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Psalms 69:22-28

Context

69:22 May their dining table become a trap before them!

May it be a snare for that group of friends! 1 

69:23 May their eyes be blinded! 2 

Make them shake violently! 3 

69:24 Pour out your judgment 4  on them!

May your raging anger 5  overtake them!

69:25 May their camp become desolate,

their tents uninhabited! 6 

69:26 For they harass 7  the one whom you discipline; 8 

they spread the news about the suffering of those whom you punish. 9 

69:27 Hold them accountable for all their sins! 10 

Do not vindicate them! 11 

69:28 May their names be deleted from the scroll of the living! 12 

Do not let their names be listed with the godly! 13 

1 tc Heb “and to the friends for a snare.” The plural of שָׁלוֹם (shalom, “peace”) is used in Ps 55:20 of one’s “friends.” If the reading of the MT is retained here, the term depicts the psalmist’s enemies as a close-knit group of friends who are bound together by their hatred for the psalmist. Some prefer to revocalize the text as וּלְשִׁלּוּמִים (ulÿshillumim, “and for retribution”). In this case the noun stands parallel to פַּח (pakh, “trap”) and מוֹקֵשׁ (moqesh, “snare”), and one might translate, “may their dining table become a trap before them, [a means of] retribution and a snare” (cf. NIV).

2 tn Heb “may their eyes be darkened from seeing.”

3 tn Heb “make their hips shake continually.”

4 tn Heb “anger.” “Anger” here refers metonymically to divine judgment, which is the practical effect of God’s anger.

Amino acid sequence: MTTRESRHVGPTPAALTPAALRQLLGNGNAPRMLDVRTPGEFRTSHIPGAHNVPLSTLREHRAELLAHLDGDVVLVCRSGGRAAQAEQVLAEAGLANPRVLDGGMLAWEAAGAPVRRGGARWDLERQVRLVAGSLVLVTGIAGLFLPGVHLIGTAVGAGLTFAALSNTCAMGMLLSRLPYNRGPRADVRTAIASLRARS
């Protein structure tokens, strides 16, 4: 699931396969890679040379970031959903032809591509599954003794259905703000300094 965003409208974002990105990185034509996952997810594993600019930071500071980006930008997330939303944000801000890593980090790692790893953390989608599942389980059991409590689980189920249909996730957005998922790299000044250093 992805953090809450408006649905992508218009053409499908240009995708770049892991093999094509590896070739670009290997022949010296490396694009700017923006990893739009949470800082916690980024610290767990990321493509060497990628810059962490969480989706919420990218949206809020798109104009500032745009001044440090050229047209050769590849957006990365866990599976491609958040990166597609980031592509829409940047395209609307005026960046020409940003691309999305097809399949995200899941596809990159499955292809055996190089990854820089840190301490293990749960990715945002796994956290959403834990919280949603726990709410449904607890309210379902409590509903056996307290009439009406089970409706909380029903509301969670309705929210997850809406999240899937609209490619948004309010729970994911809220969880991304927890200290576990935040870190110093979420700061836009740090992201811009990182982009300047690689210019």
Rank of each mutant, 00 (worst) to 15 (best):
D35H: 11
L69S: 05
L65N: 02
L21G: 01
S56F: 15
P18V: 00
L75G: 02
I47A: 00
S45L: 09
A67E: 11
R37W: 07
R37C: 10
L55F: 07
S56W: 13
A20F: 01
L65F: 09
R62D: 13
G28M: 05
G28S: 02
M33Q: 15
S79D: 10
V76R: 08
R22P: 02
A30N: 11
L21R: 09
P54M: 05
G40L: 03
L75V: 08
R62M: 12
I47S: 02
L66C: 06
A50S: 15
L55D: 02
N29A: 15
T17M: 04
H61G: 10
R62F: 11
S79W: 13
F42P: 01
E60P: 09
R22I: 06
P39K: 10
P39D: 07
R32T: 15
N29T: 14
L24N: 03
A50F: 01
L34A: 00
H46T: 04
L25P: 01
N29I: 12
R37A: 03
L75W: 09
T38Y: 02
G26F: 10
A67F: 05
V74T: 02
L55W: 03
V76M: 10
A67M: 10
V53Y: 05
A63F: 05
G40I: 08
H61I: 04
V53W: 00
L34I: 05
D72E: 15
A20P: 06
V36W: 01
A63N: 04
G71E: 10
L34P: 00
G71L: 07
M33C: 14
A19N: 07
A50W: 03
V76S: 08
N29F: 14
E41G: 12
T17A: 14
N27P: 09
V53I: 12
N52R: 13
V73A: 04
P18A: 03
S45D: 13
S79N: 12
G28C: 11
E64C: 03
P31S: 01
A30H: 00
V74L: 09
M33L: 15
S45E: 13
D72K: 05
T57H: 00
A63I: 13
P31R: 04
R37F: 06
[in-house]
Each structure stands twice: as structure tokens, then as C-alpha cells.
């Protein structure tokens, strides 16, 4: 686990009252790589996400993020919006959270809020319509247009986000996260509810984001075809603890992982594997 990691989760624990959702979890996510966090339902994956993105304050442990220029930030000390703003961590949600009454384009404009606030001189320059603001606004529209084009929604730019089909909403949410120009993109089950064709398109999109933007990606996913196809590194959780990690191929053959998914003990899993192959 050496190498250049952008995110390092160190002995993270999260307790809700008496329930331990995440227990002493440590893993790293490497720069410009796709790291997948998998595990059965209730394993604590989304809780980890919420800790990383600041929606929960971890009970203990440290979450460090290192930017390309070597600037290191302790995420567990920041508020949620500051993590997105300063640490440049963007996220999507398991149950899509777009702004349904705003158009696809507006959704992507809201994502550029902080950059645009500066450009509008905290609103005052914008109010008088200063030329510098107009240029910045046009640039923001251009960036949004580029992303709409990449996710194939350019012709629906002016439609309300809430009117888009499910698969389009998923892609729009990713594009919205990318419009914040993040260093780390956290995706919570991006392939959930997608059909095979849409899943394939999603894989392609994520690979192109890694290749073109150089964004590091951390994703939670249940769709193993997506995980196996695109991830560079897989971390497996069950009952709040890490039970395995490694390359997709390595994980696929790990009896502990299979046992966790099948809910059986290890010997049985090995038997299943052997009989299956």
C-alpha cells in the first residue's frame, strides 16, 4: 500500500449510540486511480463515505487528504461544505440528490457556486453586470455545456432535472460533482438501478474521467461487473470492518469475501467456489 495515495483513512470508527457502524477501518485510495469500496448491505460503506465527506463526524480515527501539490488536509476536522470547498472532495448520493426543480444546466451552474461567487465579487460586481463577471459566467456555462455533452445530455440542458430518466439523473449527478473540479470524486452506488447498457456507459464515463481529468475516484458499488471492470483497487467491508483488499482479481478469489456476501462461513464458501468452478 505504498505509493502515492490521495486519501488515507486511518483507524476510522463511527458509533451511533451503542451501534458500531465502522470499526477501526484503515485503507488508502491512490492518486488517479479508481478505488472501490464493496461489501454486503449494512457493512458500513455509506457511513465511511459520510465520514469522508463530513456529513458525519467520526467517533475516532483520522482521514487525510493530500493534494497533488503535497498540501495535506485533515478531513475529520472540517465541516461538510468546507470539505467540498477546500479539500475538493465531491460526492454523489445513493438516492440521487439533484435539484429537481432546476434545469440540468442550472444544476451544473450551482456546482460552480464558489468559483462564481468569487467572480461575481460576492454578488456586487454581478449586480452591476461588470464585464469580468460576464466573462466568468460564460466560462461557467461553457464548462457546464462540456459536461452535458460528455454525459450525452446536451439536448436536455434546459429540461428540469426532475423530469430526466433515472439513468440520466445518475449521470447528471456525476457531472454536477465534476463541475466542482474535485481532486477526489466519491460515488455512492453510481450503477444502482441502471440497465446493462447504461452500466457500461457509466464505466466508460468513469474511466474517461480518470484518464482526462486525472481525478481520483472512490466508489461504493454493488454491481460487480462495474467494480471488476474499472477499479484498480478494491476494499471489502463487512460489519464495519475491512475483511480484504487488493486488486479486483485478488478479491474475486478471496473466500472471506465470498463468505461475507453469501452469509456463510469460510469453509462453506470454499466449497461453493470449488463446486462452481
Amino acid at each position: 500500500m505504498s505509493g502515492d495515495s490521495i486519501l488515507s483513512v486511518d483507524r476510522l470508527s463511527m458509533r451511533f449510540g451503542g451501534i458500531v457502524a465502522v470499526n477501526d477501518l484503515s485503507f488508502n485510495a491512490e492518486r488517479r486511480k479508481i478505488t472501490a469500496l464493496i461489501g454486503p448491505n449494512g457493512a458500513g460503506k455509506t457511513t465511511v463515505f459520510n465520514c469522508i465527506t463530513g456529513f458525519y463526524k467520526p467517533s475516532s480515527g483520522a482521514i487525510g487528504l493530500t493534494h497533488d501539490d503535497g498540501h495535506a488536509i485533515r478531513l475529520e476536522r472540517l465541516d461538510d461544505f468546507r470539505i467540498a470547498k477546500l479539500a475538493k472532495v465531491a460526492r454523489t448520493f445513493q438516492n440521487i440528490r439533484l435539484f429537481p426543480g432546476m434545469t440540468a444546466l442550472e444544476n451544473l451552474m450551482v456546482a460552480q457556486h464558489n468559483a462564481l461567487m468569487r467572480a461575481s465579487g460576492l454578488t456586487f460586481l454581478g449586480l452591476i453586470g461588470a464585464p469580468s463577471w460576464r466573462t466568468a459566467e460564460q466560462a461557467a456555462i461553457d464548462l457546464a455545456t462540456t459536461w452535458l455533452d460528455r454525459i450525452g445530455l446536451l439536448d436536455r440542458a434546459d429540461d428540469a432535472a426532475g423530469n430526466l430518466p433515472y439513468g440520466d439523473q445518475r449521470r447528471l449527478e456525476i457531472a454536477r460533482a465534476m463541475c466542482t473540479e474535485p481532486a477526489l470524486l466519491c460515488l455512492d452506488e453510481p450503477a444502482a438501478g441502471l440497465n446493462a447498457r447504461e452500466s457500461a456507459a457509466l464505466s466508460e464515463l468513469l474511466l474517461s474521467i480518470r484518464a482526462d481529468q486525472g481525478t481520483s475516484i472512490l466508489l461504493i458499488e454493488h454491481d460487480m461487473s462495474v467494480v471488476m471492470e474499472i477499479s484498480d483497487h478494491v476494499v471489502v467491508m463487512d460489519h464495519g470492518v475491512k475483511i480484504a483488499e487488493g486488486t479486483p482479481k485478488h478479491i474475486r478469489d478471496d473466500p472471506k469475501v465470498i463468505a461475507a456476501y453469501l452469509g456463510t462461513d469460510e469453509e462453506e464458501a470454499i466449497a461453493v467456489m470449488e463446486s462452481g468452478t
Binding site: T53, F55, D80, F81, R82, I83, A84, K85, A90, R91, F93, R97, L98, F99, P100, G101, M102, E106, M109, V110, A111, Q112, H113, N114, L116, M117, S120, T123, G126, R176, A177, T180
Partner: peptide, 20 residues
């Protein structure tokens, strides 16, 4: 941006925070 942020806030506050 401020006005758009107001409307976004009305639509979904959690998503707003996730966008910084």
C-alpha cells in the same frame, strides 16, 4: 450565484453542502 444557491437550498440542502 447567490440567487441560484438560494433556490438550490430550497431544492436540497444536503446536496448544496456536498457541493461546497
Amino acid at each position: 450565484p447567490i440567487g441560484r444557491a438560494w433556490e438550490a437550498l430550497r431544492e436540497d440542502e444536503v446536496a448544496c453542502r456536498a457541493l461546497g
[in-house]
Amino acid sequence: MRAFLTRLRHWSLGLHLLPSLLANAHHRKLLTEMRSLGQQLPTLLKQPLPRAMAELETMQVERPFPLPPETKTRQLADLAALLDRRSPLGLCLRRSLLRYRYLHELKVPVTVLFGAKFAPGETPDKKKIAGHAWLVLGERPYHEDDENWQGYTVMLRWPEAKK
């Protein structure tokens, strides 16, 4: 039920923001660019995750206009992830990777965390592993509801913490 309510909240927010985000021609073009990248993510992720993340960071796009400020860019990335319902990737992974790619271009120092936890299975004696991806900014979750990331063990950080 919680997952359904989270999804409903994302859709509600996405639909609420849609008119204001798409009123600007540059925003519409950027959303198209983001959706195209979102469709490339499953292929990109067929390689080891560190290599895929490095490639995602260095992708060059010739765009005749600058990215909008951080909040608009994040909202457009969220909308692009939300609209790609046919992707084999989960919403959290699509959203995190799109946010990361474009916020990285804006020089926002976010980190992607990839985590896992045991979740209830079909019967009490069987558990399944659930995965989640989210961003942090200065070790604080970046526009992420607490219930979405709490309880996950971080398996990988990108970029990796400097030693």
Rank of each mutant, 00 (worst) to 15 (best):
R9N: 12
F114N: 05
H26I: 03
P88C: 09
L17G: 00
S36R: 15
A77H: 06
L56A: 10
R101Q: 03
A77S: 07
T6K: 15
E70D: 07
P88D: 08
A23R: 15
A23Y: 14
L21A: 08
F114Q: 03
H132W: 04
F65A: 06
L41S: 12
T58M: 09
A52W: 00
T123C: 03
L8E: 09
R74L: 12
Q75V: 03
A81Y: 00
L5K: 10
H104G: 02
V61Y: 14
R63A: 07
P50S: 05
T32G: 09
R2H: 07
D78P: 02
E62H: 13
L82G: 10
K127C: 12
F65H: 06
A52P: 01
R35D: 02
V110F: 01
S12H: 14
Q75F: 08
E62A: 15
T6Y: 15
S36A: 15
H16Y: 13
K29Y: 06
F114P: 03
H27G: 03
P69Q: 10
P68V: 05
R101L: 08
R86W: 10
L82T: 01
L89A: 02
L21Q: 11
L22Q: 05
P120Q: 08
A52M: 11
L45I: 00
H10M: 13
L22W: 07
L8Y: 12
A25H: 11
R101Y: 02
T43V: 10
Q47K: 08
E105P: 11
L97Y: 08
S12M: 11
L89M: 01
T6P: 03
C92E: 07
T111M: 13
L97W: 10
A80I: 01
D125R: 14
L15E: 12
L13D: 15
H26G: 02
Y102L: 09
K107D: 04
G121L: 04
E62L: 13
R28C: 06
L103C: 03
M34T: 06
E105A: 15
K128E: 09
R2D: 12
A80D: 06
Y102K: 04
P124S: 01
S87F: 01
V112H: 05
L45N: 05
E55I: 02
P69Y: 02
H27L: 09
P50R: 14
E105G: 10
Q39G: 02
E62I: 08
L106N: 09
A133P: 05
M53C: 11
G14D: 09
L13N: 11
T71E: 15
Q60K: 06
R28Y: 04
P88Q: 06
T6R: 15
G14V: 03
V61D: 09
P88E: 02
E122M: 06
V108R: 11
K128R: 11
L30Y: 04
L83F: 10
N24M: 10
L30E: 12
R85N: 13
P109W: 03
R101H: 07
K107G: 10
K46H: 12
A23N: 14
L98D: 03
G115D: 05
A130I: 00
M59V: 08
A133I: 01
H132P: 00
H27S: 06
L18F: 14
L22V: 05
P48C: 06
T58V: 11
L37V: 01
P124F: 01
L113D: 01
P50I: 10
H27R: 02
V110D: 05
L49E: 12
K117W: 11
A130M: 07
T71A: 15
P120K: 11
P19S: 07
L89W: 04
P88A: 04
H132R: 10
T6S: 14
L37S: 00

5 tn Heb “the rage of your anger.” The phrase “rage of your anger” employs an appositional genitive. Synonyms are joined in a construct relationship to emphasize the single idea. For a detailed discussion of the grammatical point with numerous examples, see Y. Avishur, “Pairs of Synonymous Words in the Construct State (and in Appositional Hendiadys) in Biblical Hebrew,” Semitics 2 (1971), 17-81.

6 tn Heb “in their tents may there not be one who dwells.”

sn In Acts 1:20 Peter applies the language of this verse to Judas’ experience. By changing the pronouns from plural to singular, he is able to apply the ancient curse, pronounced against the psalmist’s enemies, to Judas in particular.

7 tn Or “persecute”; Heb “chase.”

8 tn Heb “for you, the one whom you strike, they chase.”

9 tn Heb “they announce the pain of your wounded ones” (i.e., “the ones whom you wounded,” as the parallel line makes clear).

sn The psalmist is innocent of the false charges made by his enemies (v. 4), but he is also aware of his sinfulness (v. 5) and admits that he experiences divine discipline (v. 26) despite his devotion to God (v. 9). Here he laments that his enemies take advantage of such divine discipline by harassing and slandering him. They “kick him while he’s down,” as the expression goes.

10 tn Heb “place sin upon their sin.”

11 tn Heb “let them not come into your vindication.”

12 tn Heb “let them be wiped out of the scroll of the living.”

sn The phrase the scroll of the living occurs only here in the OT. It pictures a scroll or census list containing the names of the citizens of a community. When an individual died, that person’s name was removed from the list. So this curse is a very vivid way of asking that the enemies die.

13 tn Heb “and with the godly let them not be written.”

sn Do not let their names be listed with the godly. This curse pictures a scroll in which God records the names of his loyal followers. The psalmist makes the point that his enemies have no right to be included in this list of the godly.



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